DADE CITY — Faunce Pearce, the mastermind behind one of Pasco County's most nefarious murders, was spared the death penalty Wednesday and sentenced to life in prison.
It's the latest notch on the case's long, twisting time line and came down to a legal principle known as proportionality. When two people commit a crime, their punishments must be proportional to their level of culpability in the crime.
The case exploded one night in 1999 on a darkened stretch of State Road 54 in Land O'Lakes. Pearce, a drug dealer, had been ripped off in a $1,200 LSD deal by a group of teenagers, authorities said. He and accomplice Lawrence Joey Smith loaded two of the teens in a car and drove them into the darkness to execute them. Pearce gave the orders, prosecutors said, and Smith fired the gun.
Stephen Tuttle, then 16, flinched when the bullet fired, and it grazed his finger before entering his brain. He managed to crawl out of a ditch and get help from a passing driver. A few hundred yards down the road, Smith and Pearce pulled over again, tossed 17-year-old Robert Crawford from the car and Smith shot him. He died within minutes.
At one time, both defendants faced the death penalty. They went to trial separately and juries found them guilty and recommended the ultimate punishment. But after countless appeals, hearings and rulings, both won repeated second chances.
Smith, 31, who groomed himself into a jailhouse lawyer, beat two death sentences and is now serving a life term.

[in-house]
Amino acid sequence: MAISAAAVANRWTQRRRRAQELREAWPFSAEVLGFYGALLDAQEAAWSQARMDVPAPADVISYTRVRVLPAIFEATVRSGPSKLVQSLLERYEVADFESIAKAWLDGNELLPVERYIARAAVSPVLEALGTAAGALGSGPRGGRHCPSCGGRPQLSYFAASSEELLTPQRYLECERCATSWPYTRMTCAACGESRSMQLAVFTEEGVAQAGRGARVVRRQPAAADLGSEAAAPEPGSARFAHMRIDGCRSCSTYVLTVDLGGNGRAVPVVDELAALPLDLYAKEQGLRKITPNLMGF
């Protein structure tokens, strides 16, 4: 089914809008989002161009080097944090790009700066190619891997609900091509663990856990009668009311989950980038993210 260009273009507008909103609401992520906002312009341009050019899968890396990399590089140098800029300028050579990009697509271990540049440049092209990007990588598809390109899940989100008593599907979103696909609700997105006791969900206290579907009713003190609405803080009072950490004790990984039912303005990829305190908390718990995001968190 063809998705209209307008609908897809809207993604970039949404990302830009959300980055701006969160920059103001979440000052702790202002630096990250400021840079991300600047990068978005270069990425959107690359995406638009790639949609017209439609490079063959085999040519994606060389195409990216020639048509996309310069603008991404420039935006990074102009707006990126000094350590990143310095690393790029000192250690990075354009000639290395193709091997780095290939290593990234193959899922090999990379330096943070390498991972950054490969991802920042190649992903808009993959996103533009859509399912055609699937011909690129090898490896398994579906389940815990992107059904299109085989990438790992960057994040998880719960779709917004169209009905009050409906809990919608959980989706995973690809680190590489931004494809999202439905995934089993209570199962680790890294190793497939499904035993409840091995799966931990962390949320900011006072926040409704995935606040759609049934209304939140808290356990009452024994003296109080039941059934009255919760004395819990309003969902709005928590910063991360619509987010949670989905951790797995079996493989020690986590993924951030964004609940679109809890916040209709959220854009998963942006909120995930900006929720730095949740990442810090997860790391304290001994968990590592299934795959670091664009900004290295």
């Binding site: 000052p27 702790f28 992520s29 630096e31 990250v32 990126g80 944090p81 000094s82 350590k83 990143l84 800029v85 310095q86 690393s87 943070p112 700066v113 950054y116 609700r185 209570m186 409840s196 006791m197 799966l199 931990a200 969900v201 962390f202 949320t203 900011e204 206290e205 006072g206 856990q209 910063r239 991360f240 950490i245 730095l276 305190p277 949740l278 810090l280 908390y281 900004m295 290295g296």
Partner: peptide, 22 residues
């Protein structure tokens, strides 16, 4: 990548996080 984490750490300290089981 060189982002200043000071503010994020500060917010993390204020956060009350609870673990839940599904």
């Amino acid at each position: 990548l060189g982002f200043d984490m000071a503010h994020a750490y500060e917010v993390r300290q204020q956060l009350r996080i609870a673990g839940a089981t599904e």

Pearce, 47, was set to have a new sentencing phase. His appellate lawyer filed a request to State Attorney Bernie McCabe that the death penalty be waived, leaving only one possible sentence. In Florida, first degree murder is punishable either by life in prison or death.
Assistant State Attorney Manny Garcia, who represented the state on Wednesday, wrote a supplemental memo to McCabe providing case law about proportionality.
Garcia explained it like this: "If the shooter gets life, it would be disproportionate to seek death for the non-shooter."
McCabe agreed to the waiver, and Circuit Judge Lynn Tepper imposed the life sentence.
She's also the judge who overrode the jury's recommendation of death for Smith and sent him to prison for life.
No family members of Pearce attended Wednesday's sentencing, nor did Crawford's family or Tuttle show up. Garcia said they were all notified.
Tuttle, who suffered severe mental trauma and brain damage, has struggled to move on since the shooting. He never finished high school and hasn't been able to keep a job because of short-term memory problems.
Garcia said that Pearce's case, from the state's perspective, is finally, truly finished.
"It's a lawful sentence," Garcia said of the life term.
Pearce, though, seemed to indicate otherwise. He spoke about wanting to appeal again in the federal courts.
He asked for a new lawyer.